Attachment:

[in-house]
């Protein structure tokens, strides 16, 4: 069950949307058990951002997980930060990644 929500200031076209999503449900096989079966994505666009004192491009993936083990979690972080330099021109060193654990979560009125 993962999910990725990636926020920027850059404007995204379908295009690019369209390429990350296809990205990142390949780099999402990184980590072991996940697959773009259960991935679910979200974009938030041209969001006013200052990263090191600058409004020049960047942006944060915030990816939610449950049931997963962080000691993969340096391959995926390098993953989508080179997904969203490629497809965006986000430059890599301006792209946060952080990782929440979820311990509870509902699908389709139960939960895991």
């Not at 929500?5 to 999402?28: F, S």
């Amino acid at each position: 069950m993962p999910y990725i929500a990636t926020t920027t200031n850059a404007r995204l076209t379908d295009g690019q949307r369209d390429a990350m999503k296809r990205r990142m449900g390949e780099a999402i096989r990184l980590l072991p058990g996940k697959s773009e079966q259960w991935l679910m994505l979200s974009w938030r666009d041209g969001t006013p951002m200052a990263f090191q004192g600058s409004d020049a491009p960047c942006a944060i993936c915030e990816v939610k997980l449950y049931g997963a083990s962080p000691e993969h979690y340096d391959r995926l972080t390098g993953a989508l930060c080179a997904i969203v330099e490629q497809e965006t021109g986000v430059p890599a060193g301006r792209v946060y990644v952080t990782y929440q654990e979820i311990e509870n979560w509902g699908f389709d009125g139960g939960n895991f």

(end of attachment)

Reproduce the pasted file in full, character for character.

[in-house]
């Protein structure tokens, strides 16, 4: 069950949307058990951002997980930060990644 929500200031076209999503449900096989079966994505666009004192491009993936083990979690972080330099021109060193654990979560009125 993962999910990725990636926020920027850059404007995204379908295009690019369209390429990350296809990205990142390949780099999402990184980590072991996940697959773009259960991935679910979200974009938030041209969001006013200052990263090191600058409004020049960047942006944060915030990816939610449950049931997963962080000691993969340096391959995926390098993953989508080179997904969203490629497809965006986000430059890599301006792209946060952080990782929440979820311990509870509902699908389709139960939960895991």
């Not at 929500?5 to 999402?28: F, S």
């Amino acid at each position: 069950m993962p999910y990725i929500a990636t926020t920027t200031n850059a404007r995204l076209t379908d295009g690019q949307r369209d390429a990350m999503k296809r990205r990142m449900g390949e780099a999402i096989r990184l980590l072991p058990g996940k697959s773009e079966q259960w991935l679910m994505l979200s974009w938030r666009d041209g969001t006013p951002m200052a990263f090191q004192g600058s409004d020049a491009p960047c942006a944060i993936c915030e990816v939610k997980l449950y049931g997963a083990s962080p000691e993969h979690y340096d391959r995926l972080t390098g993953a989508l930060c080179a997904i969203v330099e490629q497809e965006t021109g986000v430059p890599a060193g301006r792209v946060y990644v952080t990782y929440q654990e979820i311990e509870n979560w509902g699908f389709d009125g139960g939960n895991f």